Top of the tips

LIKE MANY other vegetables, asparagus is available year-round in supermarkets — so many people are surprised to hear that asparagus actually has a season. Irish asparagus, for example, is only in season for five to six weeks, in May and early June.

Fresh asparagus is a revelation for most people. It’s so delicious it needs little adornment and should be enjoyed at every opportunity during its short season. The best place to find it would be at your local farmer’s’ market or a good vegetable shop.

Sometimes you can get the thin spears called sprew. These delicious little wisps are perfect for salads, risotto or for dipping into a freshly boiled free-range egg.

The plumper spears, meanwhile, can be quickly cooked and served simply with a silky hollandaise sauce.

You can get a special tall asparagus pot with an internal basket which keeps the spears upright as they cook. This way, the ends are cooked while the tender tips are steamed. However, an oval cast-iron pot or even an ordinary saucepan will do the trick just as well — the spears fit neatly in an oval pot.

The most important thing is to cook the asparagus as quickly as possible after it’s cut — if you grow your own you can pluck it and rush to the kitchen with it. Otherwise, buy it as fresh as you possibly can. The tips should be tightly closed. If they are beginning to open, the asparagus is already past its best.

To prepare, hold a spear close to its end between your thumb and index finger. Bend the spear over your finger. The woody end of the asparagus will snap at the point where the stalk is beginning to get tough — you can use the trimmings for stock or soup. Some cooks like to peel the stalk but I think this results in a loss of flavour and shouldn’t be necessary if the asparagus is fresh and tender.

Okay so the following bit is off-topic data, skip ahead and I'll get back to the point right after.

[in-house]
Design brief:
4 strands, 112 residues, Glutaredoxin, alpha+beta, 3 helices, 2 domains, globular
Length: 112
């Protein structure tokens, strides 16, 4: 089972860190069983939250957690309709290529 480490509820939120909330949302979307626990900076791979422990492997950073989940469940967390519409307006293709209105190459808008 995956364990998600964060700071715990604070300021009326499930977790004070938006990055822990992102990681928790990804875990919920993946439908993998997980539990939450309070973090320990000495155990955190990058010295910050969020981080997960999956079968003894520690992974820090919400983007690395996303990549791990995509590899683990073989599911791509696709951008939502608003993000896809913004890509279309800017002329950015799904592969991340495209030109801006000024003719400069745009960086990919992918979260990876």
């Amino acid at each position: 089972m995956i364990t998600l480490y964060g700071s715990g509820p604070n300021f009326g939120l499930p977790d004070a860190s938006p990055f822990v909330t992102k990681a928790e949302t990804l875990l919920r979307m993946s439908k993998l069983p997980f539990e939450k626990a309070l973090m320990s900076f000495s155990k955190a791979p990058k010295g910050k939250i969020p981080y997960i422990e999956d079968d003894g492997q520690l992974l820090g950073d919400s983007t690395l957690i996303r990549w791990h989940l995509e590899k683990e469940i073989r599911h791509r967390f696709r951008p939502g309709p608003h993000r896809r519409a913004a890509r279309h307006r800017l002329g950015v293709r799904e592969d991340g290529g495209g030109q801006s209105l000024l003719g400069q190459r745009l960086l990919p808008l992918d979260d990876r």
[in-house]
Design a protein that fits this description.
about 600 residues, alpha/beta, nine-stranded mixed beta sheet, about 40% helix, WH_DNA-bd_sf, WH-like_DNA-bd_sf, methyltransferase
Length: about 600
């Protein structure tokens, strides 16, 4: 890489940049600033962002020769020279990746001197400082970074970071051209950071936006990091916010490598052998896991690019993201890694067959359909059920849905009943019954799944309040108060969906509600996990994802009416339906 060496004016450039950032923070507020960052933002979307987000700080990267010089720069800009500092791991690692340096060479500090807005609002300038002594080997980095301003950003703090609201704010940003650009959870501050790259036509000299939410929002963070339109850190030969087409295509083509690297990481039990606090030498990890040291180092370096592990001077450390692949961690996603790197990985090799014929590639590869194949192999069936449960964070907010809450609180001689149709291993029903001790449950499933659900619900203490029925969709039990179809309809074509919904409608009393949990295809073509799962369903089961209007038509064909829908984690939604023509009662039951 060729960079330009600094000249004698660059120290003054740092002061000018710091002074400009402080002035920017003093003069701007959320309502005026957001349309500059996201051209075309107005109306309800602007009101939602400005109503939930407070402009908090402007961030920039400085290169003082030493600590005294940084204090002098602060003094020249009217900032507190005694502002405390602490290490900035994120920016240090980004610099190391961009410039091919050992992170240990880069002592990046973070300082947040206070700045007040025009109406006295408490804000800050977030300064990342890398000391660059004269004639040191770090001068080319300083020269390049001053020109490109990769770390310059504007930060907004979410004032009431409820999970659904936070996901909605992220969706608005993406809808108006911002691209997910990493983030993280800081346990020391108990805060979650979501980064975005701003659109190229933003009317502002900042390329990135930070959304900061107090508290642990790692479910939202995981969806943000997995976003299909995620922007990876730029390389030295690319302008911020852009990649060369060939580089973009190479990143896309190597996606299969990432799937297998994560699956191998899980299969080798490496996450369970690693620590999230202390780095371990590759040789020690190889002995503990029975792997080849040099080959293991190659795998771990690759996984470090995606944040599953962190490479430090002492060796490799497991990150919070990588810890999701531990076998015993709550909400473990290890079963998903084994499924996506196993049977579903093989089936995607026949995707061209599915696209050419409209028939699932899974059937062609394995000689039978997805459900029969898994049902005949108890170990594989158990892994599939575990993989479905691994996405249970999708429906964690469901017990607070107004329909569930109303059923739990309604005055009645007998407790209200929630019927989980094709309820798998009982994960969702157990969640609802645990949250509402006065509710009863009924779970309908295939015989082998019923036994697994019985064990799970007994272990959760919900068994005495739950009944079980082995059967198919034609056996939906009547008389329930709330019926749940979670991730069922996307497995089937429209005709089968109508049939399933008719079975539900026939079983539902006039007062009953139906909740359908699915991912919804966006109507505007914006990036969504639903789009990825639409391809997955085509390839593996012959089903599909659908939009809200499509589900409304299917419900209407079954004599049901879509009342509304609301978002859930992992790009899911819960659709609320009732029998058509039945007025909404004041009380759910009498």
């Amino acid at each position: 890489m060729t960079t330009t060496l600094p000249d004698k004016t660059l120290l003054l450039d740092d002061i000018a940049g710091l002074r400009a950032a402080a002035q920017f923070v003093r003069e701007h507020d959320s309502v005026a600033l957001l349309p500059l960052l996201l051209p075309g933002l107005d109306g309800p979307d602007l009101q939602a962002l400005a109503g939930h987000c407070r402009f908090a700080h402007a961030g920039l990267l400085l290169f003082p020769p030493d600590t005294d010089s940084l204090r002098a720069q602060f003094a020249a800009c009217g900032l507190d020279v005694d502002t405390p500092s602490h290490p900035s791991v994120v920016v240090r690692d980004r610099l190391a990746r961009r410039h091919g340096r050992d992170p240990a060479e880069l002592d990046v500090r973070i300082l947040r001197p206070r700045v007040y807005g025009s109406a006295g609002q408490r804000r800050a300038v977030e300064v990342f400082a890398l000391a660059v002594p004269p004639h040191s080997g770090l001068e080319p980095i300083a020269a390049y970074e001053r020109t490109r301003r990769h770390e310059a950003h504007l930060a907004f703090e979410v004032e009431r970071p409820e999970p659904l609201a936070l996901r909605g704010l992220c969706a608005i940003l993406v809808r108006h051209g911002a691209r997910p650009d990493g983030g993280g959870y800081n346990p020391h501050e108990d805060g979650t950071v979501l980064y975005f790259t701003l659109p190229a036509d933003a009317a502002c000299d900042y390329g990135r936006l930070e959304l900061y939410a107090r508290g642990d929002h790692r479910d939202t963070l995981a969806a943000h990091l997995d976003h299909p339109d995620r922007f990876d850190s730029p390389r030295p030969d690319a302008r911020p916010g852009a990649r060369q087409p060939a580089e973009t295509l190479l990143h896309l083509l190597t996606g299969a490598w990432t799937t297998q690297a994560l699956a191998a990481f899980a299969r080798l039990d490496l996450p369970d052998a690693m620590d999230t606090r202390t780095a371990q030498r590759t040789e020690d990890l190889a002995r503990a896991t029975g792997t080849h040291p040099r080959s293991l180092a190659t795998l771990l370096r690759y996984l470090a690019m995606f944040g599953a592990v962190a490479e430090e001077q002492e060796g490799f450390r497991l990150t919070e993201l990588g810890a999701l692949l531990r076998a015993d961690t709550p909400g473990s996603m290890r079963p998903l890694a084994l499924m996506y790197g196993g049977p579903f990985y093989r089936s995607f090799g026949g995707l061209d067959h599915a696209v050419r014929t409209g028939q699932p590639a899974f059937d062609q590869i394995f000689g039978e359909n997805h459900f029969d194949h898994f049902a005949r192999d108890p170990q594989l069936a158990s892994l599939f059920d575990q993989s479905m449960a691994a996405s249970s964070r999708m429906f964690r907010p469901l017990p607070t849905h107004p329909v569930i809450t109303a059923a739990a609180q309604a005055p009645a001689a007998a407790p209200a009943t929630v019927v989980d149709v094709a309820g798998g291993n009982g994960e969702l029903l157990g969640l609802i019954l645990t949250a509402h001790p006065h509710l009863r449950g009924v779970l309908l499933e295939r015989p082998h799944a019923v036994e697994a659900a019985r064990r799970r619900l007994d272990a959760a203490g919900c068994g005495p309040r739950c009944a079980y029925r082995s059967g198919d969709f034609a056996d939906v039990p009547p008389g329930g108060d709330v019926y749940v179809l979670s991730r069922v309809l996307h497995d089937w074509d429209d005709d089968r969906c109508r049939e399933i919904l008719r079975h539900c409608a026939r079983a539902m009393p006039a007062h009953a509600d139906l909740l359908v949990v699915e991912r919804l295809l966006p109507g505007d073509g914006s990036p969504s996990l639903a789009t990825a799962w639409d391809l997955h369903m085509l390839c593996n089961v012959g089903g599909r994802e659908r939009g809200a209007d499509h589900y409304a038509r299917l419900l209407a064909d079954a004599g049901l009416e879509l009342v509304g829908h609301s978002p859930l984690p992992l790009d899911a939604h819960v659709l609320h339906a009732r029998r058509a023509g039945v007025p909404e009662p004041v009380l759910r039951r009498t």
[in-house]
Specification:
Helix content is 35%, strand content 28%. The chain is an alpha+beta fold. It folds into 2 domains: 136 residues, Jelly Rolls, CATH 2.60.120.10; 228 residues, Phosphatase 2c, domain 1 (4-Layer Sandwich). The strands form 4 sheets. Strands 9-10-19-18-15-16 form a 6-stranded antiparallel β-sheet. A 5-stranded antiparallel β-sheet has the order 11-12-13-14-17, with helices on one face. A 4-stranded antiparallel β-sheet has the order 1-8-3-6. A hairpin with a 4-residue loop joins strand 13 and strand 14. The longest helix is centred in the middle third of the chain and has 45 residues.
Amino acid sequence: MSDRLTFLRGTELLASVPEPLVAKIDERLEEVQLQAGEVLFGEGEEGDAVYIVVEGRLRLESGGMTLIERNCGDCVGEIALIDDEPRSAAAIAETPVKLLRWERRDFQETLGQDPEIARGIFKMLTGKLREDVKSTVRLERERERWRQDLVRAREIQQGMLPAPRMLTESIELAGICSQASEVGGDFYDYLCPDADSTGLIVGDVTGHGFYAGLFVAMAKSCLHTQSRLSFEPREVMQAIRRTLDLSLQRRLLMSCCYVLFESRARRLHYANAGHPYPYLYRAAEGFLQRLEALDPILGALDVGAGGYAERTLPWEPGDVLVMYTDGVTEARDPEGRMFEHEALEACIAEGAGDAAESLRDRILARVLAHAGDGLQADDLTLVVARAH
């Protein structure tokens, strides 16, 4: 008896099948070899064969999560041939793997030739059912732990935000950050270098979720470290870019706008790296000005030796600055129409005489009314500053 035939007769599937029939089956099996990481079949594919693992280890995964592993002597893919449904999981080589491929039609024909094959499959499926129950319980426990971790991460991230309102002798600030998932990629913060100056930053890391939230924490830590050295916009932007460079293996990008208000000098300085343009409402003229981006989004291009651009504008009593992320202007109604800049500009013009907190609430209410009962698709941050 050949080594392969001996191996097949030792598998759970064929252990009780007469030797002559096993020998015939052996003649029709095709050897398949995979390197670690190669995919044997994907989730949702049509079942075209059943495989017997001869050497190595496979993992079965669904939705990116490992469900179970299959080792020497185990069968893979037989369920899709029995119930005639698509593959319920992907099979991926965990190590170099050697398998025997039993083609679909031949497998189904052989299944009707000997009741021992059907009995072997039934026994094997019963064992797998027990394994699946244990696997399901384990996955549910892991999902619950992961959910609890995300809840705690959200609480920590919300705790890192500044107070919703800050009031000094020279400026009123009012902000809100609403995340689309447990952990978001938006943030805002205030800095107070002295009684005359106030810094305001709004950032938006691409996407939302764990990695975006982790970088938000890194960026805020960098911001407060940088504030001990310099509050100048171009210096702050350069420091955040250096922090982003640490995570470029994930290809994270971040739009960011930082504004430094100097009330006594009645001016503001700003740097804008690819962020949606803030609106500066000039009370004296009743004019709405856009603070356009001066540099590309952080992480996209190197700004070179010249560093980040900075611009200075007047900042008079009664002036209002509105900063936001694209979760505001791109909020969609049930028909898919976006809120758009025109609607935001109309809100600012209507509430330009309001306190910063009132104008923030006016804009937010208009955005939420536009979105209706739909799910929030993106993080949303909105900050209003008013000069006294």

You can grow your own in a raised bed and if you are an asparagus lover its certainly worth considering — you could look forward to several little feasts. Asparagus is a beautiful plant for the garden and if you can spare some of the feathery foliage, it is wonderful for flower arrangements.

Asparagus does well in sandy soil, so coastal gardeners and farmers should think about growing it.

If you are lucky enough to get your hands on some, here are a few recipes to enjoy.

Asparagus Soup with Chervil

If you grow your own asparagus, you might be able to spare some to make soup.

Serves 6

50g (2oz) butter

110g (4oz) onion, chopped

560g (1¼lb) asparagus, chopped

Freshly ground pepper

850ml (1½ pints) homemade chicken stock

150-300ml (¼-½ pint) creamy milk


1-2 tsp chervil

A few asparagus tips saved from the soup